As you may have surmised, we began this study of the Office of Deacon based on the fact that our church doesn’t currently have any deacons. Amidst a number of questions swimming around in my mind, are these…. Should we have deacons? Do we need deacons? And does a Christian congregation have to have deacons in order to be a scriptural church? These have lead to several other questions, one of which I will approach this evening. I say, “approach” rather than“answer,” because I’m not fully convinced of its answer as yet.
How were the deacons of Acts 6 INSTALLED into their office? Were they “ORDAINED?”
Fifty years ago, I was ordained, but I don’t see much here to remind me of that Thanksgiving Day afternoon. The most recent ordination in which I participated took place four years ago this coming Monday. While there are some points of comparison with Acts 6, there was much more done that day than what we find here. Do we see in the Bible all which takes places in today’s Baptist churches when it comes to ordinations? I am very tempted to pursue the idea of “ordinations” in general, but I must restrain myself at this point. We will very likely come back to the bigger issue some time in the weeks to come. But our subject tonight is not the ordination of the bishop. I am primarily interested in these deacons right now. But to be honest I have never seen or been a part of ordaining a deacon, so in some ways I am restricted. But Edward Hiscox in his “New Directory for Baptist Churches,” and J.M. Pendleton in his “Baptist Church Manual,” along with many others, tell us we should “ordain” our deacons.
In that regard notice the word “appoint” in verse 3 – “Wherefore, brethren, look ye out among you seven men of honest report, full of the Holy Ghost and wisdom, whom we may APPOINT over this business.” We will come back to that word in a minute, but in the mean time, verse 6 apparently tells us how the twelve “appointed” the seven to their office. Verse 3 is the prelude and verse 6 is the conclusion. The twelve asked for seven men, and after they were elected by the church, they were presented to the Apostles, who they then “appointed” to their office. “Whom they set before the apostles: and when they had prayed, they laid their hands on them.” That is all we are told about the installation of these men here in this chapter. In I Timothy 3, where Paul gives us his qualifications for deacon, there is nothing said about their installation. And as far as I can find, in no other verse of the Bible do we have any more information on their ordination or installation.
“Appoint” in verse 3 is the word “kathistemi” (kath-IS’-tay-mee), and it is found 22 times in the Greek Bible. Only once is it translated “appoint,” and of course that is right here. Most of that time the word is translated “to make” and 6 times it is specifically rendered “make RULER.” For example, “Well done, thou good and faithful servant: thou hast been faithful over a few things, I will make thee RULER over many things: enter thou into the joy of thy lord.” Three times Stephen used this word in his defense before the Sanhedrin. He said, the Lord gave Joseph “favour and wisdom in the sight of Pharaoh king of Egypt; and he MADE HIM governor over Egypt and all his house.” And twice he said … “they refused [Moses], saying, Who MADE THEE a ruler and a judge?” This word which speaks of “making someone a ruler” is translated “appoint” here. So verse 3 could legitimately be translated, “look ye out among you seven men of honest report, full of the Holy Ghost and wisdom, whom we may make rulers over over this business.”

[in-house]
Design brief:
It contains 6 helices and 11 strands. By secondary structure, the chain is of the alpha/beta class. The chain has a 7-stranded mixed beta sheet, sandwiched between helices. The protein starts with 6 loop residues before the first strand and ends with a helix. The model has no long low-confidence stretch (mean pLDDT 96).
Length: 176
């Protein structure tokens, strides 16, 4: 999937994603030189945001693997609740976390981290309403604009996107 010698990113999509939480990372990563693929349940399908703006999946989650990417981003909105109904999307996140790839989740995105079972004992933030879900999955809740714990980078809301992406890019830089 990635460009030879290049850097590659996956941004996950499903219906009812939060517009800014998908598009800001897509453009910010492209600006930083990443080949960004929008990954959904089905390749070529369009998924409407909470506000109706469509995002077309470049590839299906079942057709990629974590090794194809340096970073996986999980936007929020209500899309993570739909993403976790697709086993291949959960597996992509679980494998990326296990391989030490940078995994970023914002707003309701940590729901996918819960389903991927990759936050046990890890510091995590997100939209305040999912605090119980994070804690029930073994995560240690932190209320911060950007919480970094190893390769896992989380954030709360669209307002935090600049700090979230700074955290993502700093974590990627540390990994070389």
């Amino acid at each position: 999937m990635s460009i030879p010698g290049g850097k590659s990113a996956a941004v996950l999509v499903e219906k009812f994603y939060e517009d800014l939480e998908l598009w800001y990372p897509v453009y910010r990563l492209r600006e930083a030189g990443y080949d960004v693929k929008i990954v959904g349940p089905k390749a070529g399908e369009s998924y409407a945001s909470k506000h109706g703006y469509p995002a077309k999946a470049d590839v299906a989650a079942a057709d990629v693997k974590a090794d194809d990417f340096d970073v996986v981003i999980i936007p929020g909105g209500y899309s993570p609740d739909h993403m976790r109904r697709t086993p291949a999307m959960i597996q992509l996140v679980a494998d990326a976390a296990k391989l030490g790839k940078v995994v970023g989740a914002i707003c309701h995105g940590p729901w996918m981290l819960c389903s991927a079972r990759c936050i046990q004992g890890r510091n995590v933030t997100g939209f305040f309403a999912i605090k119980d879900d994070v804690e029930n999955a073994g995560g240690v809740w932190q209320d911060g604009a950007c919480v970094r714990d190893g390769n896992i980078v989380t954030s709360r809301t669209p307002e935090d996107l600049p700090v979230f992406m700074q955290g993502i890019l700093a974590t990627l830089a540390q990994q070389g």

BUT – that word is also translated “ordain” in three verses. Titus 1:5 – “For this cause left I thee in Crete, that thou shouldest set in order the things that are wanting, and ORDAIN elders in every city, as I had appointed thee.” Hebrews 5:1 – “For every high priest taken from among men is ORDAINED for men in things pertaining to God, that he may offer both gifts and sacrifices for sins.” Hebrew 8:3 – “For every high priest is ORDAINED to offer gifts and sacrifices: wherefore it is of necessity that this man have somewhat also to offer.” The Old Testament priests, and particularly the High Priests, were “ordained” – “appointed” – “made rulers” to offer gifts and sacrifices. I think we’d have to say they were “ordained” BY GOD to those ministries. And Paul told Titus to set in order and ordain elders in each of churches where he was ministering. With that word in the context of Acts 6, I am forced to admit that these deacons WERE “ordained” by the Apostles to their office. But was their “ordination” what we 21st century Baptists usually attribute to that word?